Tuesday evening, Feagin Visiting Artist Krisztina Wajsza regaled an enthusiastic audience in Lorton Performance Center’s Gussman Hall with a virtuosic solo piano performance to kickstart her weeklong residency in Tulsa. Audiences familiar with the classical genre will know that solo piano performances have a capacity for a particularly large range of delicacy and power, and the Swiss Wajsza delivered a packed program to show off her intense ability.
The evening began, as many do, with Mozart – Sonata in c minor, KV 457, written in Vienna in 1784, seven years before the composer’s untimely death. Mozart tends to stay fervently attached to the classical forms in his music, so performers often opt to begin the program with etiquette and precision before launching into the juicy stuff. Wajsza’s performance delighted, particularly her effortless performance of the luscious second movement.
Next on the docket was Robert Schumann’s “Waldszenen,” or “Forest Scenes,” a collection of 9 short pieces played in quick succession. These are called “character pieces” – each one is a self-contained entity that takes its place amongst the others in service to the longer musical line. This is an interesting piece from Schumann, who rallied against program music: music that requires extra musical input for effect. EHowever, each of the movements carries a title like “Jäger auf der Lauer (Hunters on the Lookout)” and “Herberge (Wayside Inn).” Listening to the piece felt almost like watching a Disney animation, with Wajsza the nostalgic narrator, even with the piece’s apparent lack of conceptual story. In the final movement, “Abschied (Farewell),” this charmed piece gently calls the listener out of the forest and back into life, wistfully remembering its own experiences.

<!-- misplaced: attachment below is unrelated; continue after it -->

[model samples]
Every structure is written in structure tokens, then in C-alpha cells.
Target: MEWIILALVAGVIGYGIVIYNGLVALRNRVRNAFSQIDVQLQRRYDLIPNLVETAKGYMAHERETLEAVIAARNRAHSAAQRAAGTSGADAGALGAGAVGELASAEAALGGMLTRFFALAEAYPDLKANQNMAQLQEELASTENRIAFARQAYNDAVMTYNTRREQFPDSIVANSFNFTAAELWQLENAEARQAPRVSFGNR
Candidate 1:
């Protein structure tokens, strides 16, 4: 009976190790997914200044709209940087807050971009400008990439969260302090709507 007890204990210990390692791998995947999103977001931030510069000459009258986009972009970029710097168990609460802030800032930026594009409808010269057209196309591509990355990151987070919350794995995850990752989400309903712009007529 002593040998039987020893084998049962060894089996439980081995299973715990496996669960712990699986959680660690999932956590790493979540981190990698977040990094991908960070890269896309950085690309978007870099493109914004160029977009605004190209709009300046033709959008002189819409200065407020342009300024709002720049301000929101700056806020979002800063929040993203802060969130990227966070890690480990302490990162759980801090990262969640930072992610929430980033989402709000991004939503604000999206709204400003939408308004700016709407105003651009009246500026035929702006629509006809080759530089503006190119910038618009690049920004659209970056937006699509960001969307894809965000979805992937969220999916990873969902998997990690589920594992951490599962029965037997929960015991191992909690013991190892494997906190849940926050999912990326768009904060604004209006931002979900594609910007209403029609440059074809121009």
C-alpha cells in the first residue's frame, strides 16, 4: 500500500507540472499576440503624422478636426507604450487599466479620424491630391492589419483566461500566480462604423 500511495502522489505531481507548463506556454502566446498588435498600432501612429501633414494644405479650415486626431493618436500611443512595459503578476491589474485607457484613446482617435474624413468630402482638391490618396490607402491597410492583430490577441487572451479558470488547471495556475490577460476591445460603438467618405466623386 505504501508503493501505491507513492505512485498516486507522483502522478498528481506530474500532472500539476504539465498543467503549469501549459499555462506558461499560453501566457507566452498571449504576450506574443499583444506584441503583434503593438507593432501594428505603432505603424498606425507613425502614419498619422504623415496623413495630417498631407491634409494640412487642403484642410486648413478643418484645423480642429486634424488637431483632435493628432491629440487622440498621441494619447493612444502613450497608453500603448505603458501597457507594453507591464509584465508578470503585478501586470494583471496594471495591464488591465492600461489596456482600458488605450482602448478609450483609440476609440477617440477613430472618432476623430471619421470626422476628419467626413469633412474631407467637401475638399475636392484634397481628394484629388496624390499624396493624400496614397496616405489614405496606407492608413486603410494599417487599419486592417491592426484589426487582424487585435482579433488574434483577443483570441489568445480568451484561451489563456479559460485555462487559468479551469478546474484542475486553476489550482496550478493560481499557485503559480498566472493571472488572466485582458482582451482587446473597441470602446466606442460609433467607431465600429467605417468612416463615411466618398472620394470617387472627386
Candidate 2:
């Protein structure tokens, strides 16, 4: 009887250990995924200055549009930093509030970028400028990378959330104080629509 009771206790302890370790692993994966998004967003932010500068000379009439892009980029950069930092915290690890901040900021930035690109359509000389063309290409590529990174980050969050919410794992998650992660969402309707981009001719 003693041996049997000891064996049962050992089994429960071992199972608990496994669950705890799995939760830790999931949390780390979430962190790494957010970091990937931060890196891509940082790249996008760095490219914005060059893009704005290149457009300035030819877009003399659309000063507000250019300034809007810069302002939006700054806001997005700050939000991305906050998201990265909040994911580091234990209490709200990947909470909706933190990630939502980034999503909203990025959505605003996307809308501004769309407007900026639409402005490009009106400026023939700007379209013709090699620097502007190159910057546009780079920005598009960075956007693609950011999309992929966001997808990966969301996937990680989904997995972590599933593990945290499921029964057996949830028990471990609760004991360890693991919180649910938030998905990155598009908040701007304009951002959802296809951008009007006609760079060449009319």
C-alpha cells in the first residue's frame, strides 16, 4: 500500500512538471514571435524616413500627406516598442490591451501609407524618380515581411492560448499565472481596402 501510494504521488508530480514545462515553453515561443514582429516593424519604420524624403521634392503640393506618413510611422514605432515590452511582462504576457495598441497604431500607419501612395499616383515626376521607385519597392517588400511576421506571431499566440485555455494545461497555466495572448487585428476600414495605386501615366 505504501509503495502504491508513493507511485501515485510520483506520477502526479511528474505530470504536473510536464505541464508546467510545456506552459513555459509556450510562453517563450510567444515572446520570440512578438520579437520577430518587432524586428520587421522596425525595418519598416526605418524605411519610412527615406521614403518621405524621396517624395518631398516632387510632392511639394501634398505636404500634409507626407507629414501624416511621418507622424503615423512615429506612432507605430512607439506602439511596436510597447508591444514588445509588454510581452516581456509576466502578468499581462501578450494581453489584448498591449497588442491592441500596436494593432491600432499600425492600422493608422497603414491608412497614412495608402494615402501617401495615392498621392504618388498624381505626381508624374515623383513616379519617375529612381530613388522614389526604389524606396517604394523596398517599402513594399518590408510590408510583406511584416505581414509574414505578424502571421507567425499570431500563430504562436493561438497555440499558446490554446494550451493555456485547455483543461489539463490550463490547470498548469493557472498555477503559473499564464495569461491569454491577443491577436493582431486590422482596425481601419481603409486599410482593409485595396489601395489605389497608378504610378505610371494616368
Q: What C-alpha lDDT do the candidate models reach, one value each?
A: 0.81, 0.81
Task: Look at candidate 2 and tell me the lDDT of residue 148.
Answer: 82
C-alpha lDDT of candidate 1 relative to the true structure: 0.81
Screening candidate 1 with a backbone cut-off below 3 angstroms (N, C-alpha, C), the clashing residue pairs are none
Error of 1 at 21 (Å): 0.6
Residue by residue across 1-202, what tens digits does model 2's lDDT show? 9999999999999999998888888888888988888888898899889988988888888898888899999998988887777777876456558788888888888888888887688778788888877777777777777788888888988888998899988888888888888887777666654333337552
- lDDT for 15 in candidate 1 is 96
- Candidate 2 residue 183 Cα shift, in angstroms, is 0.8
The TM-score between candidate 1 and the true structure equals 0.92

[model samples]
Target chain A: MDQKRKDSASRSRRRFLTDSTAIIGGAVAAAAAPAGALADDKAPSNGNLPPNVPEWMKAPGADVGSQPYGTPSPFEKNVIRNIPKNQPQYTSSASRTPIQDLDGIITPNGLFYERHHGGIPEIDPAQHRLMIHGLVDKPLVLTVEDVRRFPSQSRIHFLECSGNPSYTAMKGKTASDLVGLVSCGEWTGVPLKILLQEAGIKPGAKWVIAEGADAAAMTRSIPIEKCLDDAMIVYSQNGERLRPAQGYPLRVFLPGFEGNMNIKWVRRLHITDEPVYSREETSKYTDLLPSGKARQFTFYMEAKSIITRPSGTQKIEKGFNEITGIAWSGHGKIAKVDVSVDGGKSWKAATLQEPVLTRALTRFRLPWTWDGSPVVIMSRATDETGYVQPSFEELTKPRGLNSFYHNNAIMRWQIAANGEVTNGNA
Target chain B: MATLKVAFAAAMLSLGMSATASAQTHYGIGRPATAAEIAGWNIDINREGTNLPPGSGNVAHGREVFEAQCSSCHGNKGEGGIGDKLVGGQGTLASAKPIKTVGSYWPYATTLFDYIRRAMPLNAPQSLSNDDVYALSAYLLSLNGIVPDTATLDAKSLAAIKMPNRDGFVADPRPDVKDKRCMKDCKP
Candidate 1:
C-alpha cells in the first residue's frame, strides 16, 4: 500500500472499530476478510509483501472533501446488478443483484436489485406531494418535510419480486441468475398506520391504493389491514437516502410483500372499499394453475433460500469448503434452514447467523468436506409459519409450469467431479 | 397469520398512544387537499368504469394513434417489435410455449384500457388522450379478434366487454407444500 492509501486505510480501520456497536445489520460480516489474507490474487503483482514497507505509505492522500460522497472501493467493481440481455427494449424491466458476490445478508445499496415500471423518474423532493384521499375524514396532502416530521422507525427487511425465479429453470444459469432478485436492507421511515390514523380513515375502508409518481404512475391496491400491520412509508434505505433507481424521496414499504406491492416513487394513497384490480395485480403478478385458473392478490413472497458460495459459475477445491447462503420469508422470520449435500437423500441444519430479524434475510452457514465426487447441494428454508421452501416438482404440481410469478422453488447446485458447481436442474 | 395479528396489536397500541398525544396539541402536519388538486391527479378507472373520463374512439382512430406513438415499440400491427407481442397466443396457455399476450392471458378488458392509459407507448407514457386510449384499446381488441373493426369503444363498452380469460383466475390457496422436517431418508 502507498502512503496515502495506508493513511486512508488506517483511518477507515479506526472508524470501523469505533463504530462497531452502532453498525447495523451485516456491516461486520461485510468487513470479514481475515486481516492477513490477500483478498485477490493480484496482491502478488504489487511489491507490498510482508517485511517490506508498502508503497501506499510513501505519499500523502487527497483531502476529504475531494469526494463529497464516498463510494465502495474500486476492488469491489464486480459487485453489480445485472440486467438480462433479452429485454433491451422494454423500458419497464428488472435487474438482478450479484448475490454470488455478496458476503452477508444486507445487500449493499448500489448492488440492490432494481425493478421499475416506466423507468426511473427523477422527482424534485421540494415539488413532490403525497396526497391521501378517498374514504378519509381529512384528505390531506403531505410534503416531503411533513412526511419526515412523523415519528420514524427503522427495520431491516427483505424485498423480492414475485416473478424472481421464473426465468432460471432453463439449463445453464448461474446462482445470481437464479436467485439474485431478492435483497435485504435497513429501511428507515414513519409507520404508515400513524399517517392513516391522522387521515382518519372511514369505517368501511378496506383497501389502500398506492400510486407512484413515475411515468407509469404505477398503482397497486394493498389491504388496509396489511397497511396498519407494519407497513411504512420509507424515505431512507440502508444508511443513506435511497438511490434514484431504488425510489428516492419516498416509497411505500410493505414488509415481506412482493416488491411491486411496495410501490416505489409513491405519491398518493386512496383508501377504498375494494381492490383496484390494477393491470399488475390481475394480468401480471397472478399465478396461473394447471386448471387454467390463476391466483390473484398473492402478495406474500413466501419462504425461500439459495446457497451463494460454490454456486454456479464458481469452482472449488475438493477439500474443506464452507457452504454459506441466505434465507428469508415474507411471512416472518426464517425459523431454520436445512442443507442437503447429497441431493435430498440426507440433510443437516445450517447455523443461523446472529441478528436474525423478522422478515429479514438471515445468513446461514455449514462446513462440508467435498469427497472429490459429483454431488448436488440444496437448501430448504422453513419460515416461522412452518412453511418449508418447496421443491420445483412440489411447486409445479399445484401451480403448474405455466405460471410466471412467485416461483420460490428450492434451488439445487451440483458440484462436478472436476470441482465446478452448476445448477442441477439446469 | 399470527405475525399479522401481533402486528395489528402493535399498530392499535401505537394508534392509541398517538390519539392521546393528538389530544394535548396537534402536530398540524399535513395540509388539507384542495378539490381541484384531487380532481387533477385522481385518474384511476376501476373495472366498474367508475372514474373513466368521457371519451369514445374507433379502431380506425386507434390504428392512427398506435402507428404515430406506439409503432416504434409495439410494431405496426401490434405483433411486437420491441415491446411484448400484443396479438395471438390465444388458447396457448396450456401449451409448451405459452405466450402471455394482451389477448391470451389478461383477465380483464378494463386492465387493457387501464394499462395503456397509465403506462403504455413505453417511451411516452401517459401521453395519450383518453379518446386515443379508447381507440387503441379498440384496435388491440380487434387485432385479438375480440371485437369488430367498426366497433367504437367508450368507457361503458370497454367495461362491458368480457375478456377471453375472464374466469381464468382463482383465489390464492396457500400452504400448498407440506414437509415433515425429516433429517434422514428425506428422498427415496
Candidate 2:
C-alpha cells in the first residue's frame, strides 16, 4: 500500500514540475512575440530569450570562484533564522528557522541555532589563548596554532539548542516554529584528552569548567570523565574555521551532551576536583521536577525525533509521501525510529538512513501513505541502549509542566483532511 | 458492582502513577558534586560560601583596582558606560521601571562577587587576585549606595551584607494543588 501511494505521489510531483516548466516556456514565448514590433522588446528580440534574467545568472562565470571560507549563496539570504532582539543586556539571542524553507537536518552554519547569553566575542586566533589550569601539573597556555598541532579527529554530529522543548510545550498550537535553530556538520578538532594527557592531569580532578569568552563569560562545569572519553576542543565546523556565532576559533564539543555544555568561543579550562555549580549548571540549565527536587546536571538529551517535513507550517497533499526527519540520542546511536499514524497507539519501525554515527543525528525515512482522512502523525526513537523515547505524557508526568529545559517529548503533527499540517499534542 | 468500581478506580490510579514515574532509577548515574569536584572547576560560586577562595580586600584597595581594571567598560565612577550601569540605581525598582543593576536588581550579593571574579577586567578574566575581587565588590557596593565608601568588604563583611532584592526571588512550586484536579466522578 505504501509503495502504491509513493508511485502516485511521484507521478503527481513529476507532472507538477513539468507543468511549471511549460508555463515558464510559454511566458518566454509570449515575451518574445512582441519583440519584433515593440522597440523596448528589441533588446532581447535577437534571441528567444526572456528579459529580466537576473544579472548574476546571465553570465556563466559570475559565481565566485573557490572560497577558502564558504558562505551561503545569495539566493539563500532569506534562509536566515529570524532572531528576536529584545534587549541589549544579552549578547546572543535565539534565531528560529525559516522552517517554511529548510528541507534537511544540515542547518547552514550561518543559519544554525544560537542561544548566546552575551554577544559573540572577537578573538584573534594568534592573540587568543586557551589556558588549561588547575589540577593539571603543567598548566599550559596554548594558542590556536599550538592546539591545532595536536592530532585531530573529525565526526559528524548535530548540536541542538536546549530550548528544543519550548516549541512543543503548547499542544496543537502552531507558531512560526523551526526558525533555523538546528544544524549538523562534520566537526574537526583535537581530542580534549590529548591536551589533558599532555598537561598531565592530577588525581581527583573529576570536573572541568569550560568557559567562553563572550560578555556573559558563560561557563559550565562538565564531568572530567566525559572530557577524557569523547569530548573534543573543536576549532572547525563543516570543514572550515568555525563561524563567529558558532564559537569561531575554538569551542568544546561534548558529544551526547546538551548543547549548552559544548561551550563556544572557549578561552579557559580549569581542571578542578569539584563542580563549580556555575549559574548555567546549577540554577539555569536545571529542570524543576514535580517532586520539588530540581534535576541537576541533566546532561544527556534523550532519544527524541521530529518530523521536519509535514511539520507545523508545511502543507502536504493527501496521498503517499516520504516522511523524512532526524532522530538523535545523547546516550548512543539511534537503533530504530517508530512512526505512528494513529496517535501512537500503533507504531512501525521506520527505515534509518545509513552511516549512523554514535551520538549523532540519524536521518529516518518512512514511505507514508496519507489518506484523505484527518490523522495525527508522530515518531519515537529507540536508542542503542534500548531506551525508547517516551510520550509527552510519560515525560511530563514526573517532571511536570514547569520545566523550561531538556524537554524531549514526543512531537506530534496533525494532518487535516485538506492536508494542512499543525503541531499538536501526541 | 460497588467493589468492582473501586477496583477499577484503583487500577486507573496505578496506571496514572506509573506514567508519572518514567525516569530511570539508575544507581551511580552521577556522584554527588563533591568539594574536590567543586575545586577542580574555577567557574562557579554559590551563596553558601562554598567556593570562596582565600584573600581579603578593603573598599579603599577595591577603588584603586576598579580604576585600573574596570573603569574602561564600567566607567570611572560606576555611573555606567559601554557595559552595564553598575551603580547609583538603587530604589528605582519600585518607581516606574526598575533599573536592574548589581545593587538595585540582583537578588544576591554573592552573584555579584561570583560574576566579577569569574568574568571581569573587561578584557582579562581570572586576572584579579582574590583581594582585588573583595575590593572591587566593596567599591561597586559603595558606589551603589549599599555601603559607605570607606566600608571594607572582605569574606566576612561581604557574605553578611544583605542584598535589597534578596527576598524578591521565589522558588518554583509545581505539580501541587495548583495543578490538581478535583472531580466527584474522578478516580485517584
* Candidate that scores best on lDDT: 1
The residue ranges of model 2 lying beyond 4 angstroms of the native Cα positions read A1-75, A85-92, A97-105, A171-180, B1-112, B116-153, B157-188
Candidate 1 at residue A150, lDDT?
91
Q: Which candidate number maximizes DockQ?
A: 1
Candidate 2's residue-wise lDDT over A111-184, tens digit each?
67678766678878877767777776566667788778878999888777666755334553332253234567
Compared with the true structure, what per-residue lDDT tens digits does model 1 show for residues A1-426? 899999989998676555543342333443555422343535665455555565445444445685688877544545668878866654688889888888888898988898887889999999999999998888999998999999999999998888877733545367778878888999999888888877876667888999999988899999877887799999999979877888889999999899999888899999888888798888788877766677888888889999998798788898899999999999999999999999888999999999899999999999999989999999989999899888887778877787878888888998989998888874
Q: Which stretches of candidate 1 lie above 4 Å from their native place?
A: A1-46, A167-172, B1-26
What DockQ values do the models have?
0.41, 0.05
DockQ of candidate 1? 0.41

After the intermission, the concert resumed with another case of character pieces, but this time, with the dramatic flair and colorful language of Maurice Ravel’s “Walzes nobles et sentimentales.” The piece is comprised of eight short pieces, all united by the waltz format, and inspired by the Viennese Franz Schubert’s set of piano waltzes. Ravel was a master pianist and orchestrator, so his works often bounce between extreme bombast and gentle intimacy, which Wajsza accomplished beautifully. This is a case wherein technical accuracy is subservient to the overall effect of the piece, and while the pianist was occasionally imprecise, the audience roared with approval after the lush and delicate final movement.
Before the applause could even die down, Wajsza raced back to the piano and pounced on the beginning low piano rip of Franz Liszt’s “Wilde Jagd (The Wild Hunt),” one of his “Transcendental Etudes.” Liszt is well-regarded for his rich program music and faint-inducing virtuosity, and Wajsza delivered, projecting the soaring melodies over the grumbling bass in this fierce, adventurous romp. Wajsza was beckoned back to the stage for an encore, in which she played Alexander Scriabin’s “Nocturne for the Left Hand,” op. 9 as a final, impressive display of her technique and expression with only one hand. Well-known for his apocalyptic ambitions (he wrote an immense piece designed to end the world), this early work gently lulls the world to sleep, with only a hint of his internal fire and brimstone.